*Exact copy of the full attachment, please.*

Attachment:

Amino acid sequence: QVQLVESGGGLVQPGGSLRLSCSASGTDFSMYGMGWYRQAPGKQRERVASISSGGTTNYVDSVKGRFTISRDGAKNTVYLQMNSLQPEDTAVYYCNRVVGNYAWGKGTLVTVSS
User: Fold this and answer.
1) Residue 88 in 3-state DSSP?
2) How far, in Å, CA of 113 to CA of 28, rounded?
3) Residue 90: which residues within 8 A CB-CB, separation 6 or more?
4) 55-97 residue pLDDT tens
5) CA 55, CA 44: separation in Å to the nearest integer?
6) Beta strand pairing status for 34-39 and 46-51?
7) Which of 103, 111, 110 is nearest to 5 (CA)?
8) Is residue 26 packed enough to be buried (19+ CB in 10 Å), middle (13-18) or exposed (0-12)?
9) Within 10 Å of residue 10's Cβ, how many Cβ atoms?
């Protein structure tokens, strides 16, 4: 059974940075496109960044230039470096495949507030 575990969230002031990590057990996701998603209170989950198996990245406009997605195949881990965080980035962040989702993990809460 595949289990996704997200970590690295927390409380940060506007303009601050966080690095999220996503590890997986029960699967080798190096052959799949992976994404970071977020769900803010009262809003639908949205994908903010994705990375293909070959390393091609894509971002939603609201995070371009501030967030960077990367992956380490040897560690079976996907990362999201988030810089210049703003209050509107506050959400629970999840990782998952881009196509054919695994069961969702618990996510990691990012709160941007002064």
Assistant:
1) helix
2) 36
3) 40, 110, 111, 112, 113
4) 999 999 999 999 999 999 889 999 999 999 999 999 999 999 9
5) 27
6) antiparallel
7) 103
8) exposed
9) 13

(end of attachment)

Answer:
Amino acid sequence: QVQLVESGGGLVQPGGSLRLSCSASGTDFSMYGMGWYRQAPGKQRERVASISSGGTTNYVDSVKGRFTISRDGAKNTVYLQMNSLQPEDTAVYYCNRVVGNYAWGKGTLVTVSS
User: Fold this and answer.
1) Residue 88 in 3-state DSSP?
2) How far, in Å, CA of 113 to CA of 28, rounded?
3) Residue 90: which residues within 8 A CB-CB, separation 6 or more?
4) 55-97 residue pLDDT tens
5) CA 55, CA 44: separation in Å to the nearest integer?
6) Beta strand pairing status for 34-39 and 46-51?
7) Which of 103, 111, 110 is nearest to 5 (CA)?
8) Is residue 26 packed enough to be buried (19+ CB in 10 Å), middle (13-18) or exposed (0-12)?
9) Within 10 Å of residue 10's Cβ, how many Cβ atoms?
């Protein structure tokens, strides 16, 4: 059974940075496109960044230039470096495949507030 575990969230002031990590057990996701998603209170989950198996990245406009997605195949881990965080980035962040989702993990809460 595949289990996704997200970590690295927390409380940060506007303009601050966080690095999220996503590890997986029960699967080798190096052959799949992976994404970071977020769900803010009262809003639908949205994908903010994705990375293909070959390393091609894509971002939603609201995070371009501030967030960077990367992956380490040897560690079976996907990362999201988030810089210049703003209050509107506050959400629970999840990782998952881009196509054919695994069961969702618990996510990691990012709160941007002064």
Assistant:
1) helix
2) 36
3) 40, 110, 111, 112, 113
4) 999 999 999 999 999 999 889 999 999 999 999 999 999 999 9
5) 27
6) antiparallel
7) 103
8) exposed
9) 13